Researchers have surveyed the shores along the Vistula river south of Warsaw, Poland’s capital, in order to detect unknown archaeological sites. Among the new, previously unknown discoveries are 19th-century fortifications, salt chamber, and military earthworks.
Restoration works in the gardens of the Royal Castle in Warsaw led to a discovery of a 19th-cent. tunnel leading towards the Vistula river. Existence of tunnels under the river is one of the most well-known urban legends in Warsaw.
Archaeologists uncovered skeletal and cremation burials dating to 1st Cent. BC – 1st Cent. AD in Wierzbiczany, North Poland. The site is believed to be a component of a network of sites associated with a transregional settlement complex of Germanic tribes.
Archaeologists and geophysicists conducted non-invasive survey over the Wanda Mound in Nowa Huta, near Kraków, Poland. The survey was a part of a larger project of investigating the structure of the mound and its origin.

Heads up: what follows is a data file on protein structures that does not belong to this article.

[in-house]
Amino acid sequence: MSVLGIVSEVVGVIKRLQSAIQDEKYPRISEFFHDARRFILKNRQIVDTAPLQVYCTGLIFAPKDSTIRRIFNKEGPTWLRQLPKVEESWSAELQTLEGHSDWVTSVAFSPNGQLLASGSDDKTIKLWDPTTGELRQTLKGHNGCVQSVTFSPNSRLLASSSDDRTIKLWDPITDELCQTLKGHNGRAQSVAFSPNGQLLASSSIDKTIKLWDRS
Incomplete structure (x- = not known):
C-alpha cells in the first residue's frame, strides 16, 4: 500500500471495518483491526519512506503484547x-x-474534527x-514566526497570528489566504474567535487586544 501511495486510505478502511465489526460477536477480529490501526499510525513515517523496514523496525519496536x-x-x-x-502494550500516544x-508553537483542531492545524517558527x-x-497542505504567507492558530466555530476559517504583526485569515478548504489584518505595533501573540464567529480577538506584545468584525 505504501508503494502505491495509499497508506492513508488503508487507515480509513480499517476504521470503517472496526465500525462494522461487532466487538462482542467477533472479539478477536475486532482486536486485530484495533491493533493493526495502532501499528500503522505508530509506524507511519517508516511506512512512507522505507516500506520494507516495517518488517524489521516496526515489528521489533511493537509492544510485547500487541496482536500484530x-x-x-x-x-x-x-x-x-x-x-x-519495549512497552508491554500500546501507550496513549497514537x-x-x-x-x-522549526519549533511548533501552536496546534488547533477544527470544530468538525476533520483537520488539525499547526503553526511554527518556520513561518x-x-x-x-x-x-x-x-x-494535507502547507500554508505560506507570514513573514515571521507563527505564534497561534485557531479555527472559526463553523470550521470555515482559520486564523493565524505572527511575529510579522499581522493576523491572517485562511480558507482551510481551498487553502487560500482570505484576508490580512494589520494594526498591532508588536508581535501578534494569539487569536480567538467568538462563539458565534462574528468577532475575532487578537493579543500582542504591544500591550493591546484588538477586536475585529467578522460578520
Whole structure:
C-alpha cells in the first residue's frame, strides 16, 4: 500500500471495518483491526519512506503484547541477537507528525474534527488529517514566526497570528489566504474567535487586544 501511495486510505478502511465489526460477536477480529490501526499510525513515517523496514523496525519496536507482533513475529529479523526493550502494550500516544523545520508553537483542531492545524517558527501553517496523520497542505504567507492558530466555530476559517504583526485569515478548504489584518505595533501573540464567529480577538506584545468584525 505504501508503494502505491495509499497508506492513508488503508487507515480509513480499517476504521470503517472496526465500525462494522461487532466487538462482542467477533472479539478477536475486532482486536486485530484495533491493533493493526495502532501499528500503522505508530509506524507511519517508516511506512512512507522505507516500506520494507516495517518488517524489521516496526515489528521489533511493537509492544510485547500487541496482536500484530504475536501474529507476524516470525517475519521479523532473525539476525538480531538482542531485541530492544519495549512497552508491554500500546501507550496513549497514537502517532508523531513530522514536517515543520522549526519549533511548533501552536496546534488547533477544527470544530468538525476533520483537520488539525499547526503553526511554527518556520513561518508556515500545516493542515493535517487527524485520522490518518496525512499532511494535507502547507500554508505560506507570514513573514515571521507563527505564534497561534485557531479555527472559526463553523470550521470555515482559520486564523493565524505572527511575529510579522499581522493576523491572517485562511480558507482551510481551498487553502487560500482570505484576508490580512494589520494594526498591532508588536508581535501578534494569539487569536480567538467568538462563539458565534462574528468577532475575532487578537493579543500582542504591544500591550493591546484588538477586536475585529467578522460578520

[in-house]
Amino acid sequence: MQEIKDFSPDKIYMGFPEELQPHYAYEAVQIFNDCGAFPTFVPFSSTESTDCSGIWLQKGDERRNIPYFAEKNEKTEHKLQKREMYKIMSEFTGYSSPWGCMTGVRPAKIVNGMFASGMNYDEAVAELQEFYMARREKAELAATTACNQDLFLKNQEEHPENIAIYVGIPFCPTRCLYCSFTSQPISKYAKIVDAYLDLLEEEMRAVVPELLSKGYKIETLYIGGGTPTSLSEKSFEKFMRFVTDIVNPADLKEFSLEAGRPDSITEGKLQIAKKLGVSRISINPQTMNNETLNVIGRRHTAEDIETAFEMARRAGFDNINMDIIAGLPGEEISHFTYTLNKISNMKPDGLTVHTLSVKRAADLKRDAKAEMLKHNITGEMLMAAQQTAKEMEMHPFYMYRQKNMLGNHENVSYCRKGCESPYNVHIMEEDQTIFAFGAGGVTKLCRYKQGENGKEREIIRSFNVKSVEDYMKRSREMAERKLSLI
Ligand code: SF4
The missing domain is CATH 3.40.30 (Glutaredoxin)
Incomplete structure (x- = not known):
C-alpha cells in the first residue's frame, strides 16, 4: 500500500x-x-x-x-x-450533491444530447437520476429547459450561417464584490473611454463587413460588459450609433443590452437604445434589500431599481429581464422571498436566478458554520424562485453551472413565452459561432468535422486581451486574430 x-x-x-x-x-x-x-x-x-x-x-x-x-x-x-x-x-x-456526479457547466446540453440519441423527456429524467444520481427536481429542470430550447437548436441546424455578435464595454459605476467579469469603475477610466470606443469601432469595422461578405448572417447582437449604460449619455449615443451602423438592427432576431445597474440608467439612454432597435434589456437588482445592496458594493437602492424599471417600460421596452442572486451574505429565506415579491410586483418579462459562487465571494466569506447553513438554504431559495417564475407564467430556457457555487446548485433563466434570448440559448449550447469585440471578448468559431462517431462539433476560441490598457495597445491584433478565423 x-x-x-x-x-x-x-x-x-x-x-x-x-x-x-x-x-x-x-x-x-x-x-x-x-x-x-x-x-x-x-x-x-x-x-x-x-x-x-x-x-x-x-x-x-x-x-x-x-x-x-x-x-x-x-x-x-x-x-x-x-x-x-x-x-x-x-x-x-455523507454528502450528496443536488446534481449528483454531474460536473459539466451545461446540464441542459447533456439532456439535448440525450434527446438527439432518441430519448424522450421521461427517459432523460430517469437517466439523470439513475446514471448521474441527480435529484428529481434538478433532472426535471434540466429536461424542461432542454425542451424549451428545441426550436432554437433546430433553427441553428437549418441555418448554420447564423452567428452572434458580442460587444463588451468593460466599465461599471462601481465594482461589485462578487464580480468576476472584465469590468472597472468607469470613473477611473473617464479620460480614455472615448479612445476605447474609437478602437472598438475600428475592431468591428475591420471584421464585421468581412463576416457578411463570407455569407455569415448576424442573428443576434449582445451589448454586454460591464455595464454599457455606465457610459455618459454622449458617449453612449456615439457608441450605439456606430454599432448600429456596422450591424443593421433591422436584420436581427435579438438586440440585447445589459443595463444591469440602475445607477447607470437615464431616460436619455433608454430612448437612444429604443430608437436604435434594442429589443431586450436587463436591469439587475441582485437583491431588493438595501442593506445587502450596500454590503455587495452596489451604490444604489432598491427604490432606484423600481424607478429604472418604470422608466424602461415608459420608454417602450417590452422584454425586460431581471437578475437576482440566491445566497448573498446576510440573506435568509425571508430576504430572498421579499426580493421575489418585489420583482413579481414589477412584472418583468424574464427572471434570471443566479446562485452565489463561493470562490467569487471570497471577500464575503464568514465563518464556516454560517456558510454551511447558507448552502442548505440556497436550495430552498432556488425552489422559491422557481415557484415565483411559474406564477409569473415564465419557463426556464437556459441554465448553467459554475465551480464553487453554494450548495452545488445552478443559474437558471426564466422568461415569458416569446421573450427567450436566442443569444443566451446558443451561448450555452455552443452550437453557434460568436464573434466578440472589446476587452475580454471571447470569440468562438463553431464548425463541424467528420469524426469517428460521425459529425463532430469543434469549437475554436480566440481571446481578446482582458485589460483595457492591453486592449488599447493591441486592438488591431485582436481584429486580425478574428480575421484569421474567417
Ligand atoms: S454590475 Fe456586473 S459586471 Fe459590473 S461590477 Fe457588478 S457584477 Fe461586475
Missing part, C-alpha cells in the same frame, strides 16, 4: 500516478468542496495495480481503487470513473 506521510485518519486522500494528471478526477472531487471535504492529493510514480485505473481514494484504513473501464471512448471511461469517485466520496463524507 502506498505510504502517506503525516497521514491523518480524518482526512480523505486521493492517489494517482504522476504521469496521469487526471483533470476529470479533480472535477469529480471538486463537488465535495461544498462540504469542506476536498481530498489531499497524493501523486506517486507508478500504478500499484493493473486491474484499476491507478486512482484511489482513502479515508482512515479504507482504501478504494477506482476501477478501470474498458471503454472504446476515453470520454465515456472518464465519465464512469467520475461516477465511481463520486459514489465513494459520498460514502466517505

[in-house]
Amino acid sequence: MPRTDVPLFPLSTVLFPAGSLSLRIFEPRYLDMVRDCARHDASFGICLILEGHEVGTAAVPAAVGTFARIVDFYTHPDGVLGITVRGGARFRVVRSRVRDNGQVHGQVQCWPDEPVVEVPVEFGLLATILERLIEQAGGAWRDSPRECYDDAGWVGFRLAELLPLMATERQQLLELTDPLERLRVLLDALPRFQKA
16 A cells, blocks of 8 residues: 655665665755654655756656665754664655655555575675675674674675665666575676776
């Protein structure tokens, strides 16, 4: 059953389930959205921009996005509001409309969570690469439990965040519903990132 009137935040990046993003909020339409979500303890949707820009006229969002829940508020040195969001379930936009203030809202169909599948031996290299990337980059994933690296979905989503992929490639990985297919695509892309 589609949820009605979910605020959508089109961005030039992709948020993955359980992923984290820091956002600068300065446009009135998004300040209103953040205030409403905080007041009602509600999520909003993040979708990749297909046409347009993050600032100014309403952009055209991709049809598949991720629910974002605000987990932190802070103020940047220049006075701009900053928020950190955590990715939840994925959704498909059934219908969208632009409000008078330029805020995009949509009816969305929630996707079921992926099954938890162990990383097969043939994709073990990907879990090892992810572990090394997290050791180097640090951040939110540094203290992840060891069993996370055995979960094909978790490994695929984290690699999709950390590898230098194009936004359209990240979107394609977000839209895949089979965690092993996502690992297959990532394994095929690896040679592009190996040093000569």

Archaeologists conducting excavations in Warsaw’s northern district of Marymont, discovered remains of a summer palace built for king Jan III Sobieski (Eng. John III Sobieski), known for his victory over the Turks at the 1683 Battle of Vienna.
Mesolithic site of Paliwodzizna in northern Poland revealed contacts with Scandinavia were as early as 7-6000 BC. Archaeologists revealed remains of stone structures with hearths, walls, pavements with analogical ones known from Swedish and Norwegian sites.
An unknown person delivered a bag containing a set of prehistoric vessels to Centrum Nauki i Sztuki Stara Kopalnia (Science and Art Centre Old Mine) in Wałbrzych, South-western Poland. The experts say that the pottery is 2700 years old and was created by the people of the Lusatian Culture.
Over century-old slip-way in the Czerniakowski Port in Poland’s capital, Warsaw has been demolished. During renovation works, conducted by the Przedsiębiorstwo Budownictwa Wodnego (Hydroengineering Company), without the investors (Warsaw’s City Hall) knowledge and in disregard to preservation recommendations part of the pavement on the south side of the rampart has been completely dismantled.
The 15th century city of Nieszawa, known by two names Nowa Nieszawa (New Nieszawa) or Dybów was a prosperous urban centre on the border of the Polish Kingdom and the Teutonic Order. In nearly 40 years of its existence the city became the main rival of the Order’s city of Toruń (Thorn), a member of the Hanseatic League.